How to recognize social engineering attacks?

Everyone knows that computers can be hacked, however, are humans hackable? It turns out, they are. We, as human beings, tend to help others in case they ask for it. We also tend to trust people, and hackers know that. Human hacking, also known as social engineering, takes the first place in the list of the most popular hacking methods. Yes, cybercriminals nowadays do not need to have super computing or programming skills to hack your PC. It is way harder to defeat senseless robots and sophisticated algorithms than to deceive a human being, who has feelings such as curiosity, anger, or fear. Therefore, criminals use psychological manipulation to force people to do something without thinking, bypassing their common and self-preservation senses. Let us provide you with a simple example that pictures one of the most popular ways to spread Cerber ransomware (and also other ransomware viruses). Let’s say you get an email from someone you don’t know – the email contains a .zip attachment and a short message: “your order should be delivered today. Attachment password is 6666.” Despite the fact that you didn’t order anything, would you open the attached file? Sadly, statistics show that people do. The .zip archive contains malware, which encrypts all files and provides a message asking to pay a ransom to cyber criminals. Sadly, it is a very rough example – cyber criminals manage to compose much more convincing messages. Today, we would like to explain how you can recognize social engineering attacks and protect yourself from extortionists, data thefts, and other social engineers.

1. Think twice before responding to “Do something right now!” requests.

It doesn’t matter if you received an ad that asks you to download something to your PC, or if you came across a website that shows pop-ups saying that you must call technical support for help because your computer was infected/hacked/etc., or if you received an email that asks to view attached files urgently, do not rush to respond to such requests. Give yourself a couple of minutes and evaluate whether the request comes from a legitimate source. Do not let pressuring tactics to trick you to do something out of your interest!

2. Do not fall for social engineering attacks on social media sites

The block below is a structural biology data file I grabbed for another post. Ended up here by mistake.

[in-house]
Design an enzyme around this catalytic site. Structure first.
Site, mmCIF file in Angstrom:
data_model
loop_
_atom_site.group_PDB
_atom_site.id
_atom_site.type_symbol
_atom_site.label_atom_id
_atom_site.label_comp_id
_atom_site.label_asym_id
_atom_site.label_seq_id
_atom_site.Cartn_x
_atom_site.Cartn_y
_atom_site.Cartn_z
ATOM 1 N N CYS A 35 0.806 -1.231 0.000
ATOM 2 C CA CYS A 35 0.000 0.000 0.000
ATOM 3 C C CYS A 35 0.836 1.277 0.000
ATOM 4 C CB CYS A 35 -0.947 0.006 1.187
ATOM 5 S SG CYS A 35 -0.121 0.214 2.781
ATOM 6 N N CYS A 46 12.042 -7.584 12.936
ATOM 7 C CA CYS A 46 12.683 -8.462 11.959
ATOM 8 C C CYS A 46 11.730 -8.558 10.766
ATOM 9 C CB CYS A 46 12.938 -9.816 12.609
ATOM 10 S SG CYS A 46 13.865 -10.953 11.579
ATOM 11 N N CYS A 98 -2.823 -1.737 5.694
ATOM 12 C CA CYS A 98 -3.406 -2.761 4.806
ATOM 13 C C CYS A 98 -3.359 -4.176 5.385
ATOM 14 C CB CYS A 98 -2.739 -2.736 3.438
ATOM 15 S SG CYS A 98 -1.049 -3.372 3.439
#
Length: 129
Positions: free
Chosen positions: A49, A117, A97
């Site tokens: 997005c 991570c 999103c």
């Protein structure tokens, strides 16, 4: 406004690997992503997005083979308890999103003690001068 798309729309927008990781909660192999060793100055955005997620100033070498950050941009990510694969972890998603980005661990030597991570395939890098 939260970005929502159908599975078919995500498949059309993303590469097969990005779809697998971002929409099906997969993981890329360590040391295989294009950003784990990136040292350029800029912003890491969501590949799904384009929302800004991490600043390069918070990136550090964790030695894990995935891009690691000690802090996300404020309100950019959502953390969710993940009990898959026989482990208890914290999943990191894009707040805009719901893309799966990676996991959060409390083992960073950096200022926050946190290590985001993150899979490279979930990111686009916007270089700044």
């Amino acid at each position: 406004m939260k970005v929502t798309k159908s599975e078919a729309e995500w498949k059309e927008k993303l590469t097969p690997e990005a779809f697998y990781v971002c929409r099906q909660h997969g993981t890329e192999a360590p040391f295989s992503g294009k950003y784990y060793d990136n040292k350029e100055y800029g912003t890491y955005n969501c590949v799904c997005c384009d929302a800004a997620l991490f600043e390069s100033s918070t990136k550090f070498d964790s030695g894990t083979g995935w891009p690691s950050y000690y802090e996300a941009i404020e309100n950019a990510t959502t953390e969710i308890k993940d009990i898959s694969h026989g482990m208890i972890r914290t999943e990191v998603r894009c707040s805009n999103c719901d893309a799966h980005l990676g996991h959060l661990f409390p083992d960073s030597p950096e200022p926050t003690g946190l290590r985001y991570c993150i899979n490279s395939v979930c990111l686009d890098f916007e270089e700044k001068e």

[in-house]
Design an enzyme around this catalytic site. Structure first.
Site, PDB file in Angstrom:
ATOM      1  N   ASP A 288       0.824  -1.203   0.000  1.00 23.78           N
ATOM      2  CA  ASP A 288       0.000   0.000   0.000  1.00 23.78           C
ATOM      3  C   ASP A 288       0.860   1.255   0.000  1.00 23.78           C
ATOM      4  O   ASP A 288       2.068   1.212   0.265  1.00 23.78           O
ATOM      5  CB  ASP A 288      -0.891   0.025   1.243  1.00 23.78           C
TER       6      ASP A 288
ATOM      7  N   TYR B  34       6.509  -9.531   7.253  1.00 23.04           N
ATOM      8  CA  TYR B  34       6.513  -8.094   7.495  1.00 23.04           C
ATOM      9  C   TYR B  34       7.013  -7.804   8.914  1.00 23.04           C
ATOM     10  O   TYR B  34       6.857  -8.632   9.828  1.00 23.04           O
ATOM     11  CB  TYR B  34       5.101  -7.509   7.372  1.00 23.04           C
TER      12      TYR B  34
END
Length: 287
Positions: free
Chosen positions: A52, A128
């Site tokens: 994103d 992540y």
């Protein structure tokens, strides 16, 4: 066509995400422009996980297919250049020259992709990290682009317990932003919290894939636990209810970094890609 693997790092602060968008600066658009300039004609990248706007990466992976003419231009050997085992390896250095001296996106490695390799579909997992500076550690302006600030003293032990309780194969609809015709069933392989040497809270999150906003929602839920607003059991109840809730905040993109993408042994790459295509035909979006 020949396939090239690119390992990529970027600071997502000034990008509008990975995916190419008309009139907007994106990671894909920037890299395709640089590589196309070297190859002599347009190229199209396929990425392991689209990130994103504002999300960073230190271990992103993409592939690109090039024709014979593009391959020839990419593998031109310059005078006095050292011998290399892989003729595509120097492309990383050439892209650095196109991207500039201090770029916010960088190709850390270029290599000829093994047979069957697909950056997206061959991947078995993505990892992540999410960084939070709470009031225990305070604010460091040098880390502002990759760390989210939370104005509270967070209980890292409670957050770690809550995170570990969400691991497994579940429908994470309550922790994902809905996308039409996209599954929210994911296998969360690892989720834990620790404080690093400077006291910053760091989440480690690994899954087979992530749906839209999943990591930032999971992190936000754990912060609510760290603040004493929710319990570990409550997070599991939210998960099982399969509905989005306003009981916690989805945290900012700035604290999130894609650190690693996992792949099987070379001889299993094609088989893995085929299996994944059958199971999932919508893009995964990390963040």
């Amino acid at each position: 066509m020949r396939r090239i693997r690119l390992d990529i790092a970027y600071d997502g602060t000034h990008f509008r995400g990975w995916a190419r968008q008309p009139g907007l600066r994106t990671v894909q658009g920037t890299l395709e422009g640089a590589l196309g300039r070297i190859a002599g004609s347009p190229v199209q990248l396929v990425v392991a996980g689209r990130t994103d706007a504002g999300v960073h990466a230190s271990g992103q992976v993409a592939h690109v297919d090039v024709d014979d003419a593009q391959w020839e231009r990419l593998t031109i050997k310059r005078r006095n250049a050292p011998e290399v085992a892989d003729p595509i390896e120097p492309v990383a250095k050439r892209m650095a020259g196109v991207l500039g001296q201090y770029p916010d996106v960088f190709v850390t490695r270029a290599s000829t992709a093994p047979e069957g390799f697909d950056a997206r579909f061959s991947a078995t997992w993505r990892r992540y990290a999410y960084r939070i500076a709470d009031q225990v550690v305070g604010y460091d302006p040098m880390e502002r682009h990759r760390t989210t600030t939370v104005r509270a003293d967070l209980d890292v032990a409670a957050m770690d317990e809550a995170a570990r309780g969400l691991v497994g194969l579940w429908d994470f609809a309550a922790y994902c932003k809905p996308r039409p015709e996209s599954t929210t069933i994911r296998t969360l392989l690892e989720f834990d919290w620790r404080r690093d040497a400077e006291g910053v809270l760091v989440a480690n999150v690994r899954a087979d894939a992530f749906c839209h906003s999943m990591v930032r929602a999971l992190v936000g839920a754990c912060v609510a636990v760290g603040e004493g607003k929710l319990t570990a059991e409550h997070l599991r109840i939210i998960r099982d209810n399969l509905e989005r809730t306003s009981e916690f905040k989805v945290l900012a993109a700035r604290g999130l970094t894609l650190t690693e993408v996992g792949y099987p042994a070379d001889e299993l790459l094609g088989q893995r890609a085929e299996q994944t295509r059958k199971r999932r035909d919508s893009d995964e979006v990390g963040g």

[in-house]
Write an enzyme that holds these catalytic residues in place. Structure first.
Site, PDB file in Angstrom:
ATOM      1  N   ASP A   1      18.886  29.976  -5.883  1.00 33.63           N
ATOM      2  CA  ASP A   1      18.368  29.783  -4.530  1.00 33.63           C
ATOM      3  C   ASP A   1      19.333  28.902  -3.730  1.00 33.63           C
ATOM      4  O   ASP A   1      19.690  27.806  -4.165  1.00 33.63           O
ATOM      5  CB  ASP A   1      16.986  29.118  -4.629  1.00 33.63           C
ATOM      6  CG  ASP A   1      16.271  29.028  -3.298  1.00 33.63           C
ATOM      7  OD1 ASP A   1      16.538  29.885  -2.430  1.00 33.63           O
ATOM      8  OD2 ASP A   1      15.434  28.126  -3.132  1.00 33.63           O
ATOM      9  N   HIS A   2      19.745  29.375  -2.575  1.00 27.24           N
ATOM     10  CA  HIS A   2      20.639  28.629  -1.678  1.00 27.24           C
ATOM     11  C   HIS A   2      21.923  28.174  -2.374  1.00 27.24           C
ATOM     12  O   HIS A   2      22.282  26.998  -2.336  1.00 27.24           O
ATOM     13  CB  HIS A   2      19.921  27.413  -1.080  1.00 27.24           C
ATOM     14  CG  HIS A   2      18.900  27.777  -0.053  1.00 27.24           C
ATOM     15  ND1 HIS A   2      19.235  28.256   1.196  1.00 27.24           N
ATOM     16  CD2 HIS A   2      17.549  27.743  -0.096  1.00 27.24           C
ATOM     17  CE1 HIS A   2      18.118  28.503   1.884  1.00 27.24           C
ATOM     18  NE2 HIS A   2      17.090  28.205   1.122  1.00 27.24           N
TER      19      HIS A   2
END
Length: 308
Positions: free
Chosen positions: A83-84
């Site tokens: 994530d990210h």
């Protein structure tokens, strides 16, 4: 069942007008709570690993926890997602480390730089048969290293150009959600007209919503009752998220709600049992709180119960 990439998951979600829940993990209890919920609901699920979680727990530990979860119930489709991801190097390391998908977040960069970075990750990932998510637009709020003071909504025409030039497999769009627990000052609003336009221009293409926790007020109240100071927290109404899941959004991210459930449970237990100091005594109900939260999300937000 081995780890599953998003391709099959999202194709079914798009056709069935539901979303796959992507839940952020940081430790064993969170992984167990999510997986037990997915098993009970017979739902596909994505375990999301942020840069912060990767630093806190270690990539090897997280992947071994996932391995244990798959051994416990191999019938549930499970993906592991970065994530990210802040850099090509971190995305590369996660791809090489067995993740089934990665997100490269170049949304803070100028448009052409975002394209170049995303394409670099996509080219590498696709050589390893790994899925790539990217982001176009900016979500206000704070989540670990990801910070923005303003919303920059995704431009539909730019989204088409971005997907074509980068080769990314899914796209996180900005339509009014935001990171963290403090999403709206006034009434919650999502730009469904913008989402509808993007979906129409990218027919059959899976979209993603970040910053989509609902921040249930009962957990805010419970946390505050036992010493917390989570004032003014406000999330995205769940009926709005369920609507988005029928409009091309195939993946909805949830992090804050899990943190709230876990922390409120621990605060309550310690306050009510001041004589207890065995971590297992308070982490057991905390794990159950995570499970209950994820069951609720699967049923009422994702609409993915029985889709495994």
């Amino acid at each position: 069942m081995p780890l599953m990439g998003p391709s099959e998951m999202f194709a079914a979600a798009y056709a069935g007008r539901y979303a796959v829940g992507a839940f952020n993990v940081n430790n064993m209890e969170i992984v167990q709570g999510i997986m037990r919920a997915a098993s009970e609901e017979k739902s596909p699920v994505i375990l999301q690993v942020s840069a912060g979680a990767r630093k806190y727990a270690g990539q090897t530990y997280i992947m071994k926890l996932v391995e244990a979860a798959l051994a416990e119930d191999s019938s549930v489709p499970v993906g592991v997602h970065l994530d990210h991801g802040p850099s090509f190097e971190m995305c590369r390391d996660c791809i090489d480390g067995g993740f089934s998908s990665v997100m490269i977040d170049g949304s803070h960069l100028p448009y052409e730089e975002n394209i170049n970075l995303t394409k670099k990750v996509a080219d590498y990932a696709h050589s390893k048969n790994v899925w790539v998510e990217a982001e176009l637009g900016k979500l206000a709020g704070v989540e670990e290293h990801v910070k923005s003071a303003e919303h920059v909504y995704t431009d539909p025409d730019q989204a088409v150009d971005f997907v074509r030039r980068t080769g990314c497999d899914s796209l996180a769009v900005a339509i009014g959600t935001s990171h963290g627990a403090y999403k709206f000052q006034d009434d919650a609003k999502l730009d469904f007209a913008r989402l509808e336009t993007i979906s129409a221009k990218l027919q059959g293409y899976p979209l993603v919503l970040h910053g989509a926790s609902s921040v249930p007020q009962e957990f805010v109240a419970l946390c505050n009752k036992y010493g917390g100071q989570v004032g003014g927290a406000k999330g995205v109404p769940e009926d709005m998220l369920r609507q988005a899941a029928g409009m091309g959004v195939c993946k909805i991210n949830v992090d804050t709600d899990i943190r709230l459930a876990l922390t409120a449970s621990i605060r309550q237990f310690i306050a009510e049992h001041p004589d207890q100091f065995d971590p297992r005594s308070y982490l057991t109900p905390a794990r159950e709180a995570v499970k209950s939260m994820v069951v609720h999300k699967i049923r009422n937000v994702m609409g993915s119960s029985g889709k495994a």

Websites like Facebook are part of our lifestyles, and almost everyone has an account nowadays. It has become a perfect platform for cyber criminals to reach people, dig for information about them, and manipulate their feelings. If you receive a message from a person you know, let’s say, your boyfriend or secret crush, which says “My Private Video,” or “This video belong to you? That’s funny,” you might be tempted to check out what your friend sent to you. However, these messages deliver the Facebook virus, which typically infects victim’s computer as soon as one clicks on the link included in the message or infects the system as soon as the victim installs a suggested browser extension (which ostensibly is required in order to view the video).

3. Remember that Tech Support Scammers use social engineering, too

Tech Support Scammers use various tactics to frighten people and make them give up private information. Some scammers call users via phone, and some of them create phishing websites and related malware that makes victims visit these websites. The aim of tech support scammers is to convince the victim that something bad is about to happen – the victim needs to act urgently and listen to so-called technician’s commands to “save” the computer. This social engineering attack type manipulates fear and sense of urgency to trick victims into providing credit card details or remote access to the computer.

4. Do not be fooled by frauds who claim you did something illegal

Imagine opening your computer and encountering a message: “Penalty notice. We hereby inform you that on your PC found: 1. Child sexual abuse materials 2. Materials that violate the intellectual property rights.” The message says that all activity on your computer is being recorded and that you have to pay a fine of $100 if you do not want to be prosecuted. Doesn’t that sound suspicious? Typically, such ransomware viruses are screenlockers, which means they can be removed easily. Sadly, many computer users, even if they know they have never made such violations, act without thinking and just pay the ransom thinking that it will help to protect their self-image.

About the author
Jake Doe
Jake Doe - Computer technology geek

Jake Doe is the news editor at UGetFix. Since he met Ugnius Kiguolis in 2003, they both launched several projects that spread awareness about cybercrimes, malware, and other computer-related problems.

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